Software, Like All Technology, Must Pay for Itself Over and Over
There are only two ways to increase profits. One is to increase revenue. The other is to reduce costs. There are no others. Improved productivity is only improved if it reduces the cost of getting things done. Improved customer satisfaction is only valuable if those customers return to make more purchases and/or send others to do so. CFO’s call these “soft” gains, and they only want “hard dollar increases.” If you’re willing to do the work to capture the data you can usually calculate the “hard” gains from the impact of the soft, but its seldom easy.
How Much Incremental Profit Does My Software Produce?
It may seem like a loaded question, but it’s important to ask yourself how much-increased income and/or reduced cost your software produces, and how you can increase that.
In fact, it’s a useful question to ask as you embark on having software created for your business. When you ask how it could create new revenue the answers will get you thinking about what business-building functions would have a real impact. Add those into your functional specification for the software! Similarly, when you ask how much your software could reduce your costs and save you money, it will inspire you to think about processes that could be improved to run more efficiently, and what functions could benefit from automation. Again, add them to the functional specification.
Having asked the question you now have software designed specifically to increase revenue and reduce cost which is exactly what you want.
For those who are concerned the cost of having software developed for your business may be too high, here’s how to determine whether or not it really is.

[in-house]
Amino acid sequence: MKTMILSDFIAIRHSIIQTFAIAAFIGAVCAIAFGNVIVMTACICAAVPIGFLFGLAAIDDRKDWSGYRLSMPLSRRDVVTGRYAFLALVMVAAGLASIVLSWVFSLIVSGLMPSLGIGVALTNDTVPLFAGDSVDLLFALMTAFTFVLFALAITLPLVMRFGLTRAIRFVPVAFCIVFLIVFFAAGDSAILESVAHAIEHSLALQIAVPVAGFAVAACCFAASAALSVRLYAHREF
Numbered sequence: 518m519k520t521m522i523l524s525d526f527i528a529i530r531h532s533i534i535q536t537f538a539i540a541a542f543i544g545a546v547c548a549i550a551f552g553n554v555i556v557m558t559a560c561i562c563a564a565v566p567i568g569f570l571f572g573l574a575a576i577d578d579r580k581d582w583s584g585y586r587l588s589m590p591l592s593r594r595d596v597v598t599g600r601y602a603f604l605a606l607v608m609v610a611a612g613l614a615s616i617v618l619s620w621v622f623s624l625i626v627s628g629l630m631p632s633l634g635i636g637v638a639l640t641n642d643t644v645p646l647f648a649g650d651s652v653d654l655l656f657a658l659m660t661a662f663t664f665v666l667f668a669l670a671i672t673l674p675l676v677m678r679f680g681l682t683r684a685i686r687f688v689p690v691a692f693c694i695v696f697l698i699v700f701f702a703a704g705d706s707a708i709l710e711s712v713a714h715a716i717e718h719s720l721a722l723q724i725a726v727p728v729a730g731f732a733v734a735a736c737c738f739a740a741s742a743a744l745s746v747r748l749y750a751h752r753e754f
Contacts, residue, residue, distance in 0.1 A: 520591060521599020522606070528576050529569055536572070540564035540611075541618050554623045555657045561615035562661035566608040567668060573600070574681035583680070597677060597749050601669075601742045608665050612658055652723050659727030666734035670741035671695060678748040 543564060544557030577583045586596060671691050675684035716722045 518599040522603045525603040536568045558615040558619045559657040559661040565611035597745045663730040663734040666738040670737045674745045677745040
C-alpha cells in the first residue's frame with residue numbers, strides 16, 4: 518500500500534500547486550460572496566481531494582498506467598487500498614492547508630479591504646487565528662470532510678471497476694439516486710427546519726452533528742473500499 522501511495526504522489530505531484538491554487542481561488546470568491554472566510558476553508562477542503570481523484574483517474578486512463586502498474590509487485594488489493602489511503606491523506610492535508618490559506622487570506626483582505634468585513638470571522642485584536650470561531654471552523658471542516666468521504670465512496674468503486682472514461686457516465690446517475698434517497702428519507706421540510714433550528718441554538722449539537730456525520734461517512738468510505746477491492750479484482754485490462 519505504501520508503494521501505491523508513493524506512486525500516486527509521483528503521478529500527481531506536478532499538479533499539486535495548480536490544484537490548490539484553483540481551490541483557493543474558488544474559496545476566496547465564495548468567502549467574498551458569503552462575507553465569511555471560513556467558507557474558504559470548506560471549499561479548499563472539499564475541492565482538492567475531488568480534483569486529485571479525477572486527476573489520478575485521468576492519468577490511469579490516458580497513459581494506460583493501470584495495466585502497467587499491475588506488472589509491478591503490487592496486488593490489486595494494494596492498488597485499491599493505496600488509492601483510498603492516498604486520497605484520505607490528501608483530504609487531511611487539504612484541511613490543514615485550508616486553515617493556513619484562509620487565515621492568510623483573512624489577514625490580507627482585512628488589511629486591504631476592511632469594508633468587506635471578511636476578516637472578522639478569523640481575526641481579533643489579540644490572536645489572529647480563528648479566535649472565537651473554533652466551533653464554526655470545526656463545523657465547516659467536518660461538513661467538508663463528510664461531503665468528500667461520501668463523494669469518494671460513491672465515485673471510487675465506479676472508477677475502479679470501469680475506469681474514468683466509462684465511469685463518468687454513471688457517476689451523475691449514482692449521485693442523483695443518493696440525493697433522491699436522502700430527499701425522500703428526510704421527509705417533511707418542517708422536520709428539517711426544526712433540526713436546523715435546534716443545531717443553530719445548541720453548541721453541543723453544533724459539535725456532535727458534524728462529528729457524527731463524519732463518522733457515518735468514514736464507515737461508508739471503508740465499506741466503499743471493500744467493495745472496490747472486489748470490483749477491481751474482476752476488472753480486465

Taking the answers to that first question, estimate how many times each revenue-increasing or cost-reducing event happens per day, per week, per month, per quarter, per year. Determine how many days/weeks/months it will take before the total of your incremental revenue and decreased costs is a number greater than the fee you paid for the software.
If your reaction is anything similar to “wow, that’s fast!” pull the trigger on that project immediately. That period of time will vary with each individual, but you’ll know what seems fast for you.
Put most simply, if your software returns its cost in a month it will pay for itself twelve times over each year. What percentage increase does that put on your bottom line?
Then ask how you can accelerate that return. How do you make it happen faster? Perhaps changes in how you use the software will speed up the processes that produce a profit. You may decide to go back and improve or add new features to your software; that’s one of the big, big benefits of having your own software written. You can literally interact with it, making it better as it shows you how it could be made better.
Just remember to revise your calculations every time you do make a change to see how much it has increased your bottom line.
What to Expect from Your Developer
Your best choice of a software developer is one who can advise you, guide you, and share their experience with you. They’ve done this before. They know where many possible sources of savings and revenue may come from. The best software developers are well-informed business specialists as well. They understand how revenue increases and how expenses are reduced. Engage them in your process of identifying ways to make your software make money for you.
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